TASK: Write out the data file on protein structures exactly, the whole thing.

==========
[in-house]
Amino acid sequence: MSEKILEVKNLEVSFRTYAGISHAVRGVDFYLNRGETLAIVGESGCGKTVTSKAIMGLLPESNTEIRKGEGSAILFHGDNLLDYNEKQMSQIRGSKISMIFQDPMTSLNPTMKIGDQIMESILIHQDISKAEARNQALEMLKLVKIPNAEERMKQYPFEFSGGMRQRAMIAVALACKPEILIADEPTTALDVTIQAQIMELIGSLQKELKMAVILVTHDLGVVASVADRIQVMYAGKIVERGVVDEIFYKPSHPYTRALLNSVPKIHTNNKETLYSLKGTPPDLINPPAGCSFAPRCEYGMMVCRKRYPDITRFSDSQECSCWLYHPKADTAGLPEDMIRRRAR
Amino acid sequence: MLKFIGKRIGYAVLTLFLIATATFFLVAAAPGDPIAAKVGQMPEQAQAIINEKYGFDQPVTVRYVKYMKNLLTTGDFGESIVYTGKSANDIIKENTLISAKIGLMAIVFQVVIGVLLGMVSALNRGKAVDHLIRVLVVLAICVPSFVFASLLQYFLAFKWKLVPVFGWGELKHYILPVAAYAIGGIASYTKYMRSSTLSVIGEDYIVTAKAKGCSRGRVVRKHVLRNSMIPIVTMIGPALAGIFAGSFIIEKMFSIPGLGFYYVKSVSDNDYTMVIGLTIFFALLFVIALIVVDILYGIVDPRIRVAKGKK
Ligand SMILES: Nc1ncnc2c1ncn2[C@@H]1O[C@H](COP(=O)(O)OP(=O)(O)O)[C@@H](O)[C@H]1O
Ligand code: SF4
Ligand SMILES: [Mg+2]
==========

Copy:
[in-house]
Amino acid sequence: MSEKILEVKNLEVSFRTYAGISHAVRGVDFYLNRGETLAIVGESGCGKTVTSKAIMGLLPESNTEIRKGEGSAILFHGDNLLDYNEKQMSQIRGSKISMIFQDPMTSLNPTMKIGDQIMESILIHQDISKAEARNQALEMLKLVKIPNAEERMKQYPFEFSGGMRQRAMIAVALACKPEILIADEPTTALDVTIQAQIMELIGSLQKELKMAVILVTHDLGVVASVADRIQVMYAGKIVERGVVDEIFYKPSHPYTRALLNSVPKIHTNNKETLYSLKGTPPDLINPPAGCSFAPRCEYGMMVCRKRYPDITRFSDSQECSCWLYHPKADTAGLPEDMIRRRAR
Amino acid sequence: MLKFIGKRIGYAVLTLFLIATATFFLVAAAPGDPIAAKVGQMPEQAQAIINEKYGFDQPVTVRYVKYMKNLLTTGDFGESIVYTGKSANDIIKENTLISAKIGLMAIVFQVVIGVLLGMVSALNRGKAVDHLIRVLVVLAICVPSFVFASLLQYFLAFKWKLVPVFGWGELKHYILPVAAYAIGGIASYTKYMRSSTLSVIGEDYIVTAKAKGCSRGRVVRKHVLRNSMIPIVTMIGPALAGIFAGSFIIEKMFSIPGLGFYYVKSVSDNDYTMVIGLTIFFALLFVIALIVVDILYGIVDPRIRVAKGKK
Ligand SMILES: Nc1ncnc2c1ncn2[C@@H]1O[C@H](COP(=O)(O)OP(=O)(O)O)[C@@H](O)[C@H]1O
Ligand code: SF4
Ligand SMILES: [Mg+2]